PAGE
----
The Hui are unique among the fifty-six officially recognized minorities of China in that Islam is their only unifying identity. They do not have a unique language as the other minorities do and often intermarry with Han Chinese.

In fact, many live outside the Hui autonomous region. Since the Hui are considered a minority, the one-child policy also does not apply to them.

The Chinese government said if it weren’t for the one-child policy, there would be about four-hundred million more mouths to feed and provide shelter for.

Lloyd Lofthouse is the award-winning author of My Splendid Concubine, Crazy is Normal, Running with the Enemy, and The Redemption of Don Juan Casanova.

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Buddhism’s Journey to China

January 30, 2018

An Indian prince became the Buddha around the 6th Century BC, but Buddhism would not arrived in China for several centuries. The Buddha’s original name was Siddartha Guatama.

After he died, Buddhism split into two major branches that divided again several times over the centuries.

Today, Buddhism has almost 380-million followers and is the world’s fifth largest religion. Christianity is the largest with 2.4 billion followers. Islam is ranked #2 with 1.6 billion. Christianity and Islam also split into different sects after the founders died although Jesus Christ isn’t the real founder of Christianity. Jesus was a Jew and he died a Jew. There is no evidence that Jesus Christ wanted to launch a new religion that wasn’t Jewish. Hinduism (#3) has 1.15 billion followers with four-major sects.

The Bodhi-dharma was a Buddhist monk and a teacher who lived during the fifty and/or sixth century AD, more than a thousand years after Buddha died in India. The Bodhi-dharma traveled from India to China where he lived in a cave for 9 years.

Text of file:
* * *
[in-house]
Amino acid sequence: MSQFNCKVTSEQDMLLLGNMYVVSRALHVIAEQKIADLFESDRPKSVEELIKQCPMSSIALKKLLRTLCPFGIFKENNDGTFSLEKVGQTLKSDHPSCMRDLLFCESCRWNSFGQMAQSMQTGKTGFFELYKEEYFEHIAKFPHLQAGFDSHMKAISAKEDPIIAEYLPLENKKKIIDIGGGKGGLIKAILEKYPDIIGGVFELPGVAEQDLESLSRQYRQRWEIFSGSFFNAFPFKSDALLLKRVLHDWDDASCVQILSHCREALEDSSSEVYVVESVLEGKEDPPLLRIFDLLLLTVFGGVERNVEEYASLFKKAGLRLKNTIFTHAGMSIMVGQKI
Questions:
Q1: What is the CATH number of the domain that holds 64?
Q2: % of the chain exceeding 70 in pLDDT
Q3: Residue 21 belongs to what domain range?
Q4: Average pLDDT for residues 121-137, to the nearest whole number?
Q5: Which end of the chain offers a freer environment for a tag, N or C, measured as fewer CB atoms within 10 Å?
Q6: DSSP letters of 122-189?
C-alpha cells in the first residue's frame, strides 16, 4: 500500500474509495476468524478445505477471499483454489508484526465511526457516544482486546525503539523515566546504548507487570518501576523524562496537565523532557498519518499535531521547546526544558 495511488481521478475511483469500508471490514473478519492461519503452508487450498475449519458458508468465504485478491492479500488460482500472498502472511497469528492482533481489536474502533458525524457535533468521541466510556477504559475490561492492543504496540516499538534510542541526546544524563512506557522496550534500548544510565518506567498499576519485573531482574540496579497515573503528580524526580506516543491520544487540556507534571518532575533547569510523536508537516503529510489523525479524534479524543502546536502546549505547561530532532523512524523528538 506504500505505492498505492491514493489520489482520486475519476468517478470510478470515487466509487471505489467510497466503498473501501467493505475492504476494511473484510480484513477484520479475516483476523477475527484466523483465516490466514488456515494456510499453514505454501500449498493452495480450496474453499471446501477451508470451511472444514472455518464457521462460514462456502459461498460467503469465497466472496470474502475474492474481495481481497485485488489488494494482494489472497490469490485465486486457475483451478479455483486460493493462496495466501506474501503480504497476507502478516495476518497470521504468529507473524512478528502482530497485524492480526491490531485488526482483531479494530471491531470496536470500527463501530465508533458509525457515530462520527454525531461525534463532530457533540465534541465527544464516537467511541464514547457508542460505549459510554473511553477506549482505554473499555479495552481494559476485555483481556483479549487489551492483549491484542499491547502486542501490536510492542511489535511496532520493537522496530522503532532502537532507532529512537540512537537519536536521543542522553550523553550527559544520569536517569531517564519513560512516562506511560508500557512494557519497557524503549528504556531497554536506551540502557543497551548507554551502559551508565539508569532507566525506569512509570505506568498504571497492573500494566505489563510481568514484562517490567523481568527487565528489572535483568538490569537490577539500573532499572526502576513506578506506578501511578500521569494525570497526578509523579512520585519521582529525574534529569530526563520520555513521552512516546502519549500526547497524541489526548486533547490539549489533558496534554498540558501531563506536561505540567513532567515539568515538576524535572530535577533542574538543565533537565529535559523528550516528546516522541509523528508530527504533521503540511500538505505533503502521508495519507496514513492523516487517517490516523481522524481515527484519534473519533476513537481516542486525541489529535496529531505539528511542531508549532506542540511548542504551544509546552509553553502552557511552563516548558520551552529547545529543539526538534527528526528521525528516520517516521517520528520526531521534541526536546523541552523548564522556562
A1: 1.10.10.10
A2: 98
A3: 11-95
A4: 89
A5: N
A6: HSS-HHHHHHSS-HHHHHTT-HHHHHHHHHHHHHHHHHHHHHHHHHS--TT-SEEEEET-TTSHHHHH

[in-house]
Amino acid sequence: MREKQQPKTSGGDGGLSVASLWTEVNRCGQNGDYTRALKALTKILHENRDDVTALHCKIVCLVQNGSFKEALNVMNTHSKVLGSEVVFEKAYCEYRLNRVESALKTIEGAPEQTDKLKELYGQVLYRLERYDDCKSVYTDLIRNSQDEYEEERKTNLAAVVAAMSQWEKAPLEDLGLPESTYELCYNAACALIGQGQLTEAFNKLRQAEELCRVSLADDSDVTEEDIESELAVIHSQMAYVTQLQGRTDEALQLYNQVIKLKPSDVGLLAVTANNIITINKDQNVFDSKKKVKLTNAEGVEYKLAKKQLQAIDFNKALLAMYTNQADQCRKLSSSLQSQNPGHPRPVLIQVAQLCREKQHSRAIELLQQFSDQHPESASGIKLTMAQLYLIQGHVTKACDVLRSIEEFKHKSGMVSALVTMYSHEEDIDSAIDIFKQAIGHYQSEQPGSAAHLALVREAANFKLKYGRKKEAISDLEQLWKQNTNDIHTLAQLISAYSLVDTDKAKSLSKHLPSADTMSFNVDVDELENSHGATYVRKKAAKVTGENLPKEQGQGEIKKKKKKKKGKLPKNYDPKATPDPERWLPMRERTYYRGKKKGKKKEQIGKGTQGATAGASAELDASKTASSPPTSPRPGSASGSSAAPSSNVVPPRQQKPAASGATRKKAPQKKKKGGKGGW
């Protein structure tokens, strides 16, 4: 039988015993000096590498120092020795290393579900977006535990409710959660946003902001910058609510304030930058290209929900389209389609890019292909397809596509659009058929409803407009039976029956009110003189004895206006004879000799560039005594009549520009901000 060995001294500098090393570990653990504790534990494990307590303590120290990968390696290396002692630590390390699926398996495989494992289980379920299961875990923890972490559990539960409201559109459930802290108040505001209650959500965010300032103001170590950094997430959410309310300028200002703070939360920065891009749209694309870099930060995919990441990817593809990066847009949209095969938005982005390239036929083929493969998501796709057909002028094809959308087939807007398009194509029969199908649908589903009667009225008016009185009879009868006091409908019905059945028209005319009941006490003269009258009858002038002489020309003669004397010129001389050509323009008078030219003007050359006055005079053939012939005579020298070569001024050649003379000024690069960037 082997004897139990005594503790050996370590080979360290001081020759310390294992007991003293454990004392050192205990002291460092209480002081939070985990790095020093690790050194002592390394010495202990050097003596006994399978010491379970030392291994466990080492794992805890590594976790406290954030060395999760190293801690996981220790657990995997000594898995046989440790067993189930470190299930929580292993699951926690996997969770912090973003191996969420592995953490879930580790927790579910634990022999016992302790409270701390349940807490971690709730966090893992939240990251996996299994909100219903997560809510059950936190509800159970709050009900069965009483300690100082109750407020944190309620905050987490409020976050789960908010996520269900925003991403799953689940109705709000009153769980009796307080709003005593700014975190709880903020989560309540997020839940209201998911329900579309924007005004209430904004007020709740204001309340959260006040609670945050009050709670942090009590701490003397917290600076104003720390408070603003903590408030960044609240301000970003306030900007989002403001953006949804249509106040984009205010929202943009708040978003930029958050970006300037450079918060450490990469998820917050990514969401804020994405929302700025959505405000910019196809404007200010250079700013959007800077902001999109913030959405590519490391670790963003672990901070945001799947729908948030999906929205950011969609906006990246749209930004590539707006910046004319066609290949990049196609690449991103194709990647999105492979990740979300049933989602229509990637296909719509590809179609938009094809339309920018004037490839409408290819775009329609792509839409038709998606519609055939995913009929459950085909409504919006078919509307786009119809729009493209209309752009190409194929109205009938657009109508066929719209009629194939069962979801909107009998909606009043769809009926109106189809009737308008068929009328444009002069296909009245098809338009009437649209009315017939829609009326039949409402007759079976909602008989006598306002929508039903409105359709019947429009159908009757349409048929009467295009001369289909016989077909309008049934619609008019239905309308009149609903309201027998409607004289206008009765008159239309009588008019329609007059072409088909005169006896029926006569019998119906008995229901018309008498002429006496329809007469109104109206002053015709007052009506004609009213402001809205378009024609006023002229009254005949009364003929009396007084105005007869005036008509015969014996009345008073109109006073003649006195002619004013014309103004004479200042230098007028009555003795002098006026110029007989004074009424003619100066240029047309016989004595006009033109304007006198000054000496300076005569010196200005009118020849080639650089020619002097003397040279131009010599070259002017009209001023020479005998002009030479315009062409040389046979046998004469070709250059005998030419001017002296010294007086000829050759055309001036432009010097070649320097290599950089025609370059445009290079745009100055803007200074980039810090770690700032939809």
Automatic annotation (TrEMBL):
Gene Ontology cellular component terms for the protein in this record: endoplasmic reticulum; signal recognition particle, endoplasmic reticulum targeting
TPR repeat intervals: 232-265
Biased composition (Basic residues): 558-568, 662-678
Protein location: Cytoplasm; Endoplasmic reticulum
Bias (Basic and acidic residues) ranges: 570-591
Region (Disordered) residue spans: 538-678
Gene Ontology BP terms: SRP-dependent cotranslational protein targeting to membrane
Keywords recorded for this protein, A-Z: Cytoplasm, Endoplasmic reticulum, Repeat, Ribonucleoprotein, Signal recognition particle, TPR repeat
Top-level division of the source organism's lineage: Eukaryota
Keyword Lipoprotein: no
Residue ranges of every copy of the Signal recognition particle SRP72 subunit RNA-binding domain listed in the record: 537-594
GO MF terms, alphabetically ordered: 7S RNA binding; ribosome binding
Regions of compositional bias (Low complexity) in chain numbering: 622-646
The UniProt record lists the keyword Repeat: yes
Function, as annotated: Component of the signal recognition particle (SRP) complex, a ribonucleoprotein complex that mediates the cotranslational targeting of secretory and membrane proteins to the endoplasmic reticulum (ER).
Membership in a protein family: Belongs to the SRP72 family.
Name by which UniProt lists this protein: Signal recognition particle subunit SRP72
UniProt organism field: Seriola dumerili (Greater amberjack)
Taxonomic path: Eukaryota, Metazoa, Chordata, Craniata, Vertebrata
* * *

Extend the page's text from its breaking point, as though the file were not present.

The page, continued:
A Sudden Dawn by Goran Powell is an epic historical fiction novel that opens with a young man named Sardili born in 507 AD to the Indian warrior caste. Sardili realizes that he would rather seek enlightenment than follow his family’s military legacy and he sets out on a life-long quest for truth and wisdom that leads him to China where he becomes the Buddhist monk Bodhidharma, known as Da Mo in China.

Da Mo establishes the Shaolin Temple as the birthplace of Zen and the Martial Arts. In ancient China, bandits and thieves were widespread and Buddhist temples were vulnerable to attack. The Da Mo taught a fighting system for the monks to defend themselves, and it proved successful. Over time, the Buddhist Shaolin style of martial arts evolved to what it is today.

Lloyd Lofthouse is the award-winning author of My Splendid Concubine, Crazy is Normal, Running with the Enemy, and The Redemption of Don Juan Casanova.

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The Tao of Meditation: Part 3 of 3